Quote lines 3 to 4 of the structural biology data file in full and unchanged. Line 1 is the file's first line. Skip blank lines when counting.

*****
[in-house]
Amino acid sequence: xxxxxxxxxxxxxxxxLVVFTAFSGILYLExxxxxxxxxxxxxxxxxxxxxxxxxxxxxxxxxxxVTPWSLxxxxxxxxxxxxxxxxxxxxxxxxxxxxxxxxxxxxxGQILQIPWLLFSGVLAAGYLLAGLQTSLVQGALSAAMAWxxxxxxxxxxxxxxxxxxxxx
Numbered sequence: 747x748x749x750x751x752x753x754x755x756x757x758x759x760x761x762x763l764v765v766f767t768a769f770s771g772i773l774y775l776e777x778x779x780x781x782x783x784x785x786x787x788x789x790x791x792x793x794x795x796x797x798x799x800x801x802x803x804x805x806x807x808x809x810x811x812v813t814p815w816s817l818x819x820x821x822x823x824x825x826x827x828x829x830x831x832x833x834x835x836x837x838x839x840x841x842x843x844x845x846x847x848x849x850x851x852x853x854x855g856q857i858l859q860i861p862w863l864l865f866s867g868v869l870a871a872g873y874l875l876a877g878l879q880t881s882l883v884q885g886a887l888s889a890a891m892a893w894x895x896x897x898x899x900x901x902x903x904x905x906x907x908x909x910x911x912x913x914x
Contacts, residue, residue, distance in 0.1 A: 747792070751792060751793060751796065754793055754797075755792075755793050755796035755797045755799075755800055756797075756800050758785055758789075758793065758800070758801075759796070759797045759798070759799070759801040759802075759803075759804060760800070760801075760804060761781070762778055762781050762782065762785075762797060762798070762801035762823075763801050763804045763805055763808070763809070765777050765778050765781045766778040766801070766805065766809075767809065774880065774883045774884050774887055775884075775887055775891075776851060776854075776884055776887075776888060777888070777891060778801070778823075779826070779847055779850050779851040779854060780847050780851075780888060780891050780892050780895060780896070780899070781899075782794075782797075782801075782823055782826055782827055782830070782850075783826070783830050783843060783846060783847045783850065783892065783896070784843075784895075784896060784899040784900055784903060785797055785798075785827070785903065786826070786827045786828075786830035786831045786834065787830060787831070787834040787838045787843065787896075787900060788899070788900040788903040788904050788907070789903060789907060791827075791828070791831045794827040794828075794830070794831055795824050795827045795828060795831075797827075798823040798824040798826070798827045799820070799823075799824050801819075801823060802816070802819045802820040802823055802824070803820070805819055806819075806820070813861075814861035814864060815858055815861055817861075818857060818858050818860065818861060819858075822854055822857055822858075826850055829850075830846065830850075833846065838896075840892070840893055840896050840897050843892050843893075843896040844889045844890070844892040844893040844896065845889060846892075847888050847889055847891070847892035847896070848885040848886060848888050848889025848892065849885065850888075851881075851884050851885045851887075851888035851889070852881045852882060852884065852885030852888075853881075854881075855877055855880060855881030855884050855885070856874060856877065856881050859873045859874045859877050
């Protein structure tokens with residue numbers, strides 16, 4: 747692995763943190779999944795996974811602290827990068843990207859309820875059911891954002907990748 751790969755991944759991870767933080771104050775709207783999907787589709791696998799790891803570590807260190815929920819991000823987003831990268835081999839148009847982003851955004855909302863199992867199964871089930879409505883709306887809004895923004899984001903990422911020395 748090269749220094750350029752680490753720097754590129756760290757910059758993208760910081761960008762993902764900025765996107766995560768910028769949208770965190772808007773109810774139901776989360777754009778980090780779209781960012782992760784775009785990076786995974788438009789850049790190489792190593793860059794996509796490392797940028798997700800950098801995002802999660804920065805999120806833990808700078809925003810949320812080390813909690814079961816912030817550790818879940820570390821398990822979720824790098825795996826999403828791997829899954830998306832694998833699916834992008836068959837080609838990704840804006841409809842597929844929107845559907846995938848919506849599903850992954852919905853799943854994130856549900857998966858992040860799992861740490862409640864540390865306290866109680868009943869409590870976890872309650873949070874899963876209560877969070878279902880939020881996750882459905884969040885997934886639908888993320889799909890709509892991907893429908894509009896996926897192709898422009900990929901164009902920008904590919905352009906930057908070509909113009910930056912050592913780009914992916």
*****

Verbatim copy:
Numbered sequence: 747x748x749x750x751x752x753x754x755x756x757x758x759x760x761x762x763l764v765v766f767t768a769f770s771g772i773l774y775l776e777x778x779x780x781x782x783x784x785x786x787x788x789x790x791x792x793x794x795x796x797x798x799x800x801x802x803x804x805x806x807x808x809x810x811x812v813t814p815w816s817l818x819x820x821x822x823x824x825x826x827x828x829x830x831x832x833x834x835x836x837x838x839x840x841x842x843x844x845x846x847x848x849x850x851x852x853x854x855g856q857i858l859q860i861p862w863l864l865f866s867g868v869l870a871a872g873y874l875l876a877g878l879q880t881s882l883v884q885g886a887l888s889a890a891m892a893w894x895x896x897x898x899x900x901x902x903x904x905x906x907x908x909x910x911x912x913x914x
Contacts, residue, residue, distance in 0.1 A: 747792070751792060751793060751796065754793055754797075755792075755793050755796035755797045755799075755800055756797075756800050758785055758789075758793065758800070758801075759796070759797045759798070759799070759801040759802075759803075759804060760800070760801075760804060761781070762778055762781050762782065762785075762797060762798070762801035762823075763801050763804045763805055763808070763809070765777050765778050765781045766778040766801070766805065766809075767809065774880065774883045774884050774887055775884075775887055775891075776851060776854075776884055776887075776888060777888070777891060778801070778823075779826070779847055779850050779851040779854060780847050780851075780888060780891050780892050780895060780896070780899070781899075782794075782797075782801075782823055782826055782827055782830070782850075783826070783830050783843060783846060783847045783850065783892065783896070784843075784895075784896060784899040784900055784903060785797055785798075785827070785903065786826070786827045786828075786830035786831045786834065787830060787831070787834040787838045787843065787896075787900060788899070788900040788903040788904050788907070789903060789907060791827075791828070791831045794827040794828075794830070794831055795824050795827045795828060795831075797827075798823040798824040798826070798827045799820070799823075799824050801819075801823060802816070802819045802820040802823055802824070803820070805819055806819075806820070813861075814861035814864060815858055815861055817861075818857060818858050818860065818861060819858075822854055822857055822858075826850055829850075830846065830850075833846065838896075840892070840893055840896050840897050843892050843893075843896040844889045844890070844892040844893040844896065845889060846892075847888050847889055847891070847892035847896070848885040848886060848888050848889025848892065849885065850888075851881075851884050851885045851887075851888035851889070852881045852882060852884065852885030852888075853881075854881075855877055855880060855881030855884050855885070856874060856877065856881050859873045859874045859877050